LISBON: Europe won some further modest respite from its debt crisis Wednesday as Germany and Portugal became the latest countries to borrow with ease ahead of a hazard-filled few weeks for the 17-nation eurozone.
Both countries saw their borrowing costs dip at the auctions, in a further sign that investors may have temporarily put some of their concerns over Europe’s debt crisis to one side at the start of the new year in the wake of fairly-buoyant U.S. economic data. Italy and the Netherlands have also managed to sell their debt over the past week or so in a fairly trouble-free manner.
Germany, the biggest contributor in Europe’s bailouts, managed to sell 4.06 billion euros ($5.3 billion) in its benchmark 10-year bonds Wednesday at an average yield of 1.93 percent, down on the previous 1.98 percent it had to pay. But demand barely covered the bonds on offer.
And Portugal, which was bailed out last April after being locked out of international markets, paid a markedly lower interest rate to borrow 1 billion euros ($1.3 billion) in three-month treasury bills.
The German and Portuguese auctions come ahead of severe tests for eurozone leaders as they try to navigate their way out of their crisis over too much debt in some countries.
Eurozone governments are struggling to convince financial markets that indebted governments will not default and should be able to borrow at affordable rates to repay debts as they come due. Greece, Ireland and Portugal have needed bailouts, while much larger Italy and Spain have also seen their borrowing costs rise ominously.
Italy, the recent focus of the crisis, must borrow to cover 53 billion euros ($69 billion) in expiring debt in the first quarter alone in a series of debt auctions beginning Jan. 13. The auctions will test whether the government of new Prime Minister Mario Monti is making progress in regaining market confidence through budget cuts and efforts to improve weak economic growth.
Further trouble could come from a slowing eurozone economy that may already have shrunk in the fourth quarter. Many economists predict an outright recession, which would be two quarters of negative growth.
Germany’s DIW economic institute became the latest Wednesday to lower its 2012 growth estimate for Europe’s largest economy to 0.6 percent from 1 percent as trouble in other eurozone countries reduces the country’s exports to them.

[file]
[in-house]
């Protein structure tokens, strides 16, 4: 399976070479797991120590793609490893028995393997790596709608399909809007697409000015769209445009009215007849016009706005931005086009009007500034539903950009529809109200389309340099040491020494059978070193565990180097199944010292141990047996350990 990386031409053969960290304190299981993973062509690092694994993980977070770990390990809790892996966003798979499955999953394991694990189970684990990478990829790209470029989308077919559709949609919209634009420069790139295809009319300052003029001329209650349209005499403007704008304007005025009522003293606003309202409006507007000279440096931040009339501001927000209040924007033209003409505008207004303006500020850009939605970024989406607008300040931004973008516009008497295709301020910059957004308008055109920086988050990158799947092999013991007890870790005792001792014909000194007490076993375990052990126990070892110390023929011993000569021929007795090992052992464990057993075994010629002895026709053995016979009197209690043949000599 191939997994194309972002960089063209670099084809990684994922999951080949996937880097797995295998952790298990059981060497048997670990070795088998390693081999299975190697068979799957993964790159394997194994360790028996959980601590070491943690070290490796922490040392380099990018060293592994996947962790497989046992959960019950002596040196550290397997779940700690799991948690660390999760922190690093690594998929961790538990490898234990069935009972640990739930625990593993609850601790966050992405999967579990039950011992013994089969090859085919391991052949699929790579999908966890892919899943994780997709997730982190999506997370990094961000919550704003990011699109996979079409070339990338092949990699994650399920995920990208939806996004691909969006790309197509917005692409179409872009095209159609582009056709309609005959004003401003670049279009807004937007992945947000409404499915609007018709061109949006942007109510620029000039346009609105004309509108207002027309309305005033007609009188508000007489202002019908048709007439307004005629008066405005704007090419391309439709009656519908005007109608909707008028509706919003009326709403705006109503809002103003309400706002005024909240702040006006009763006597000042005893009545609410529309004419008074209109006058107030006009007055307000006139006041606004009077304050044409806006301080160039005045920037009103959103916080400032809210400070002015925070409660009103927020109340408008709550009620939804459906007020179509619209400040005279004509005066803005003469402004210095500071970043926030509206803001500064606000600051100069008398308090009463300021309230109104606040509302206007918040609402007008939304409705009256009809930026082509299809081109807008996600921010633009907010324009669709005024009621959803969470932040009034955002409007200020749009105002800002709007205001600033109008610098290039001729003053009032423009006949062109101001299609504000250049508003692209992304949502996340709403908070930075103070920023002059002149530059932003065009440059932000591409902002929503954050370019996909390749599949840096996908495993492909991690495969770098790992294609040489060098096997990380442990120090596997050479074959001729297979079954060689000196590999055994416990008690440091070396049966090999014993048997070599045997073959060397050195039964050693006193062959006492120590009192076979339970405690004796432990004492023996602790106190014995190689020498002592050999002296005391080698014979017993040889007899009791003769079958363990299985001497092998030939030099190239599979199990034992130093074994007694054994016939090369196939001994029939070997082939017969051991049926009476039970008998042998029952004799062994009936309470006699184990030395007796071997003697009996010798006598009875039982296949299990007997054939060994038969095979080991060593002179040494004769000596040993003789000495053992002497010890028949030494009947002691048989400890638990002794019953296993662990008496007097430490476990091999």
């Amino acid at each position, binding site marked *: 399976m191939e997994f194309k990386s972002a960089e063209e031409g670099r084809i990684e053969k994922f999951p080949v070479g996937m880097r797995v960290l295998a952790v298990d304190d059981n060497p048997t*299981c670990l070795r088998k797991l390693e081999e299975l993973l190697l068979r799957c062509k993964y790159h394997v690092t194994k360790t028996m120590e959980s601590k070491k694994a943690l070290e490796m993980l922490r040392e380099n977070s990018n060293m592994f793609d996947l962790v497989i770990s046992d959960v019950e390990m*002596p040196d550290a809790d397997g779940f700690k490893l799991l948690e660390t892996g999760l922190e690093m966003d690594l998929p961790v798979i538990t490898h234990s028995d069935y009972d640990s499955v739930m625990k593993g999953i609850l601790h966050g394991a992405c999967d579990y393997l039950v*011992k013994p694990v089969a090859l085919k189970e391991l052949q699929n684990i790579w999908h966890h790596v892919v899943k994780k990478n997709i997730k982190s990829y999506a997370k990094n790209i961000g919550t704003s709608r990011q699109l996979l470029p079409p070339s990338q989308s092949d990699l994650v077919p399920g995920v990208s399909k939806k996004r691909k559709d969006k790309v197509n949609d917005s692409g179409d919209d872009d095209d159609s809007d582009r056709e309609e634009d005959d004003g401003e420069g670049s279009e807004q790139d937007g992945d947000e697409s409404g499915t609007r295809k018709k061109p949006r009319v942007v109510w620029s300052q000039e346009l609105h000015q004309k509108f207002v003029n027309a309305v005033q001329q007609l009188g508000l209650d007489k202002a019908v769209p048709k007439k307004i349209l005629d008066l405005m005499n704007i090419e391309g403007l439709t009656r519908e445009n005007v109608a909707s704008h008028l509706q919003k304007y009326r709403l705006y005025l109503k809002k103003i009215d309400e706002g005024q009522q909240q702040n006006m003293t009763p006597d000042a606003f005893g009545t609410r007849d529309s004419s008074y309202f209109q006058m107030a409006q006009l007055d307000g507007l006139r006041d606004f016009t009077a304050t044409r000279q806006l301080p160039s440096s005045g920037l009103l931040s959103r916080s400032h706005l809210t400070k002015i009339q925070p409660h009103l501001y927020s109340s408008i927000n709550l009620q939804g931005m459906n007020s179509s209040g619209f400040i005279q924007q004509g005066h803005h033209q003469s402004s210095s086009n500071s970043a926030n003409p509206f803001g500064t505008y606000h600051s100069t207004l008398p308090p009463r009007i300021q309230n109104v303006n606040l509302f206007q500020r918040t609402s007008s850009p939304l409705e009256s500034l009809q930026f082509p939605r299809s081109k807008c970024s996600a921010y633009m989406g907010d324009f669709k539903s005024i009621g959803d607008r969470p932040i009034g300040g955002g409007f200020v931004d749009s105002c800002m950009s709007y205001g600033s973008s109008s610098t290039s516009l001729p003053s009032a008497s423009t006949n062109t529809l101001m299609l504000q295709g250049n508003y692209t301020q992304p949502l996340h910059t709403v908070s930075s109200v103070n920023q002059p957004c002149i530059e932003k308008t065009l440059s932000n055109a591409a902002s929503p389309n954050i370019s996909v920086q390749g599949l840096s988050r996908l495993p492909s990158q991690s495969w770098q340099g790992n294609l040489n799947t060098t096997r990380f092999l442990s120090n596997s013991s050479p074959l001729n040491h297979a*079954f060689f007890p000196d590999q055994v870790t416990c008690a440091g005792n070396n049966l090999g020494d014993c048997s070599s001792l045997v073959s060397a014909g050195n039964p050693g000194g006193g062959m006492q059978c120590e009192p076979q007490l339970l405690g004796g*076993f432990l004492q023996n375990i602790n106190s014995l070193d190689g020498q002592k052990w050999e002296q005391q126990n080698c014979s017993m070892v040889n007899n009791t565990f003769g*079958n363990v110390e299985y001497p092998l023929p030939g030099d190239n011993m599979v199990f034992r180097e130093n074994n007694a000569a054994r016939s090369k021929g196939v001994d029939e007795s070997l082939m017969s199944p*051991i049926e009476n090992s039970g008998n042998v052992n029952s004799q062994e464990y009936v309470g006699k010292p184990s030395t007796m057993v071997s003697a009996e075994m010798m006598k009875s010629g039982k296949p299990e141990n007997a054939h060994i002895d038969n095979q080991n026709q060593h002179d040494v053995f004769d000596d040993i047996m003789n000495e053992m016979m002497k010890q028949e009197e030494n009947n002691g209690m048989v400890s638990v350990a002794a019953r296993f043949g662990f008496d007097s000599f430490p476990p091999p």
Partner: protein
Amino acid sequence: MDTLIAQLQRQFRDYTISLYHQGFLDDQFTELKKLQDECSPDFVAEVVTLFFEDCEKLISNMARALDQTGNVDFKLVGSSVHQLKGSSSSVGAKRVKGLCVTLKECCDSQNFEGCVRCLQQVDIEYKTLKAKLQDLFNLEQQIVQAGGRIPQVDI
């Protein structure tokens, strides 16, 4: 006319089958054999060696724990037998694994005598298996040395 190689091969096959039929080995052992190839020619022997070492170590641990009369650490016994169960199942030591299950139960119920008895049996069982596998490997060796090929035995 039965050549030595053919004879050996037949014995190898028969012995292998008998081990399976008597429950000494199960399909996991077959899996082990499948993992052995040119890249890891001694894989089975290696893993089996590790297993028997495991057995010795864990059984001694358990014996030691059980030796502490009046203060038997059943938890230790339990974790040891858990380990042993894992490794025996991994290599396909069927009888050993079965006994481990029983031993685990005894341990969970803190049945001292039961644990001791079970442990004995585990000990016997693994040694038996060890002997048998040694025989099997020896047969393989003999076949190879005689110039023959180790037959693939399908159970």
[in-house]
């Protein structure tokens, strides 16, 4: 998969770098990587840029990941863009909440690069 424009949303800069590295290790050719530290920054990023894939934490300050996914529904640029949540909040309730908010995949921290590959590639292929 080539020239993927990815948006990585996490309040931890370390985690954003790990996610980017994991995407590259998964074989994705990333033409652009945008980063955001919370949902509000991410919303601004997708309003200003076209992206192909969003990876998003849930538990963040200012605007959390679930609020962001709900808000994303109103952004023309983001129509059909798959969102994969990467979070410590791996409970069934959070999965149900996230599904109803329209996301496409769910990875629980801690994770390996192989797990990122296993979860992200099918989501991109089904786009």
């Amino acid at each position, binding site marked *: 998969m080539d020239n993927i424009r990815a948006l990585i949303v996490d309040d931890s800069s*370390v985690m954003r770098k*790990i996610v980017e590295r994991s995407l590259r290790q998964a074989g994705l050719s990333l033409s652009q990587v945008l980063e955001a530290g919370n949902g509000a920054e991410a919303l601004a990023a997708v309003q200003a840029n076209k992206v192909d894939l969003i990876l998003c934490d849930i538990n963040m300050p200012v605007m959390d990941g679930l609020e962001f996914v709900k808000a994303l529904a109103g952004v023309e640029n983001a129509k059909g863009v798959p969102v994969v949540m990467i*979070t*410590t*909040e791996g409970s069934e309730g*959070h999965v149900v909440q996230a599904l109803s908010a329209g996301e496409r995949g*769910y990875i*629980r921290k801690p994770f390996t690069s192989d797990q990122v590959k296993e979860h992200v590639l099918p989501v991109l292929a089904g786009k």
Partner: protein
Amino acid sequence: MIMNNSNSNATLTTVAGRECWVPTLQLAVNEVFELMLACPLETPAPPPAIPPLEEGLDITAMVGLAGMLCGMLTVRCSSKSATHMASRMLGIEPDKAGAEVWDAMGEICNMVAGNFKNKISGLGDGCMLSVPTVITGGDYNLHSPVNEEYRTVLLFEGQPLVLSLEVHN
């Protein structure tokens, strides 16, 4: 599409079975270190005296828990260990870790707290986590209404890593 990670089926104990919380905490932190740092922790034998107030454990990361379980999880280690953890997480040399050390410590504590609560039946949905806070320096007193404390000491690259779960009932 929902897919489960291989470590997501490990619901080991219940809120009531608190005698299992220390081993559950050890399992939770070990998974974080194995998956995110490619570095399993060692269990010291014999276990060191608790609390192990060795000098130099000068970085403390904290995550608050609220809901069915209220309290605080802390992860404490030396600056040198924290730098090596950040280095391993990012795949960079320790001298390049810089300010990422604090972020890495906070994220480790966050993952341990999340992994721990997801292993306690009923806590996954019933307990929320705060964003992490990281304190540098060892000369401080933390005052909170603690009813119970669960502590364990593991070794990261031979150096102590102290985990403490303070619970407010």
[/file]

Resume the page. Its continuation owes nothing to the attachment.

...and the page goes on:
Greece must also win final approval of a second, 130 billion euro bailout without which it can’t pay its debts. As part of that the government must strike a deal with creditors for a 50 percent reduction in their holdings of Greek debt to try to put the country back on its feet. Many in the markets think a bigger write-down will be needed.
At the Portuguese auction, the rate fell to an eight-month low of 4.346 percent and was sharply down from the 4.873 percent rate it had to pay in a similar auction last month. Though Portugal cannot tap long-term bond markets at a reasonable price, it has sought to maintain a market presence by issuing shorter-term debt.
Analysts said the improvement may represent a sign that Portugal is regaining the markets’ confidence as it carries out spending cuts and revenue increases in return for its 78 billion euro ($102 billion) bailout.
“There’s been an improvement in the risk perception of Portuguese debt, which has driven rates down” said Filipe Silva, debt manager at Portuguese financial group Banco Carregosa.
“Now we just need to see whether it holds.”
Germany’s auction was better than one in November which raised fears that Europe’s debt crisis was spiraling out of control when the government sold only 65 percent of debt on offer.
Still, there was some concern voiced over the amount of German bunds investors actually wanted Wednesday.
Bids for 5.14 billion euros ($6.7 billion) worth of bonds exceeded the full amount on offer of 5 billion euros ($6.5 billion), but only barely, counting the 943 million euros ($1.23 billion) the government kept back for secondary market operations.
“Yes, it was covered, so that’s a relief,” said Marc Ostwald, a markets strategist at Monument Securities.
“On the other hand, the coverage was poor.”
Ostwald said the low interest rate offered little attraction to typical buyers such as annuity and insurance companies, as it was too small to cover their obligations. Meanwhile, investors seeking only a safe haven were more likely to want much shorter-term issues. “Clearly, it wasn’t the best cover, but you wouldn’t expect it to be,” he said.
Germany can borrow cheaply and for longer because its finances are among the strongest in the eurozone but concerns about the costs of bailing out other countries have raised questions about its finances too.
Wednesday’s auction results follow a recent trend somewhat. The Netherlands saw its borrowing rates fall Tuesday to near 0 percent in a pair of short-term auctions, in a sign that investors are searching out what they consider to be Europe’s safer assets at a time of concern over the level of debts in a number of countries.
Italy, the eurozone’s third-largest economy, also sold large chunks of debt last week and analysts say the run of smooth auctions may be largely due to a massive 489 billion euro ($636 billion) infusion of cheap, three-year credit to eurozone banks by the European Central Bank.
Some of that cheap money may be being used by some banks to buy higher-yielding short-term debt, though Italy’s longer-term borrowing rate in the markets remain at dangerously elevated levels near 7 percent.